Lent Retreat – PALM SUNDAY

Lent Retreat – PALM SUNDAY

Readings: Luke 19: 28-40; Isaiah 50: 4-7; Psalm 21 (22); Philippians 2: 6-11; Luke 22: 14 – 23: 56

Sometimes following Christ can seem fairly easy: things are going OK in our lives, and there isn’t anything or anyone really challenging our faith. We happily go to Mass on Sundays, and say, like the crowd of disciples following Jesus into Jerusalem, ‘Blessed is he who comes in the name of the Lord.’ Often, perhaps, we don’t really think about what we’re saying, but when it’s what everyone’s doing, it’s natural and easy to join in.

The Church’s liturgy for today, though, reminds us that things are not always like that. After hearing St Luke’s description of the entry into Jerusalem, we go into the church in a joyful procession, only to be confronted with his account of our Lord’s Passion. The crowds that eagerly welcomed Jesus are now shouting not, ‘Hosanna!’ but ‘Crucify him!’ Jesus is mocked and beaten and finally put to an agonising death. Suddenly following Jesus doesn’t seem quite so easy: it involves following him in his suffering, too, both physical, perhaps, and mental. It involves following him when everyone around us rejects him, when people ridicule our faith, or are openly hostile to it.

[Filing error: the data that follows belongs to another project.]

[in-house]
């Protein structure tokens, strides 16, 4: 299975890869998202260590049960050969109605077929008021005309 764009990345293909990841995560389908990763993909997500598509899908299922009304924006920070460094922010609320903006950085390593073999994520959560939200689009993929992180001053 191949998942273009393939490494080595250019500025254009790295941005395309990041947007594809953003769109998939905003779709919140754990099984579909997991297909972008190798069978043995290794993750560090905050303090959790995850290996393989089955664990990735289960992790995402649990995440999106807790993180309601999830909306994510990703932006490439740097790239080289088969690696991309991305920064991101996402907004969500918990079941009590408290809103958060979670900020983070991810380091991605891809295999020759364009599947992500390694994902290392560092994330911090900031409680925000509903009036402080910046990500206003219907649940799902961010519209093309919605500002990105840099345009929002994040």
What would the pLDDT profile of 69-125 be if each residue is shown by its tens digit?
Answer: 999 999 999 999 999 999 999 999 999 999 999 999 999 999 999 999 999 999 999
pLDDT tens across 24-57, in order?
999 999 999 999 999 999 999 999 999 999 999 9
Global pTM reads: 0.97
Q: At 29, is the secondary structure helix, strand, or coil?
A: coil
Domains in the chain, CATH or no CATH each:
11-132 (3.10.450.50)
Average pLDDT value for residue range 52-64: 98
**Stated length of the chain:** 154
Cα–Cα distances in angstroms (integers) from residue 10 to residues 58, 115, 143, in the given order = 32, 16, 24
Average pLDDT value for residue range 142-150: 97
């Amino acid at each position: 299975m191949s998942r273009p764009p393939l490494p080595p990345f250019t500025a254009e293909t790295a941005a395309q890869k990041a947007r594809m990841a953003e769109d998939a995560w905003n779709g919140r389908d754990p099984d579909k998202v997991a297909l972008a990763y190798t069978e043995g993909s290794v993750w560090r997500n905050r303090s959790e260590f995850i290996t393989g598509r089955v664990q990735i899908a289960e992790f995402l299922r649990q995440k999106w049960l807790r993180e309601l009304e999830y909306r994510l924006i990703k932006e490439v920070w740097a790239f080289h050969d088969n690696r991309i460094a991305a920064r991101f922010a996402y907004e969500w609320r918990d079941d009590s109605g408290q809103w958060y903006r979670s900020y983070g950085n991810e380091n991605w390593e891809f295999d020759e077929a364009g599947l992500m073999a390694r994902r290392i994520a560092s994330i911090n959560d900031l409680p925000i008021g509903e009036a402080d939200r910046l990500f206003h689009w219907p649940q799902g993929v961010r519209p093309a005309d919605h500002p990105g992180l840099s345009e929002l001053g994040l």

This, of course, is a common experience. Often our faith will challenge us and force us to make difficult choices, ones which won’t make our life any easier, as far as we can see. Some, of course, experience greater suffering in this regard than others – some are called upon, for example, to bear witness to the faith through martyrdom, while others might have to put up with being laughed at at work, but, if we do it for Jesus’ sake, it is all nonetheless a sharing in his sufferings.

And that’s the point: it is in uniting ourselves to Christ’s sacrifice on the Cross, both by living our lives, in joy and in suffering, in Christ, and also by sharing in the sacrament of his Body and Blood which makes his sacrifice present to us, that we become his true followers, and can be led by him through suffering and death to the resurrection life he has won for us. And so, during this Holy Week when we call to mind our Lord’s suffering and death, and their place in the mystery of our salvation, let us seek to unite ourselves more closely with Jesus in his suffering so that finally, we may be part of that crowd which follows him into the heavenly Jerusalem, singing together with the angels, ‘Hosanna in the highest! Blessed is he who comes in the name of the Lord!’

Gregory Pearson OP

Fr Gregory is Master of Novices of the English Province.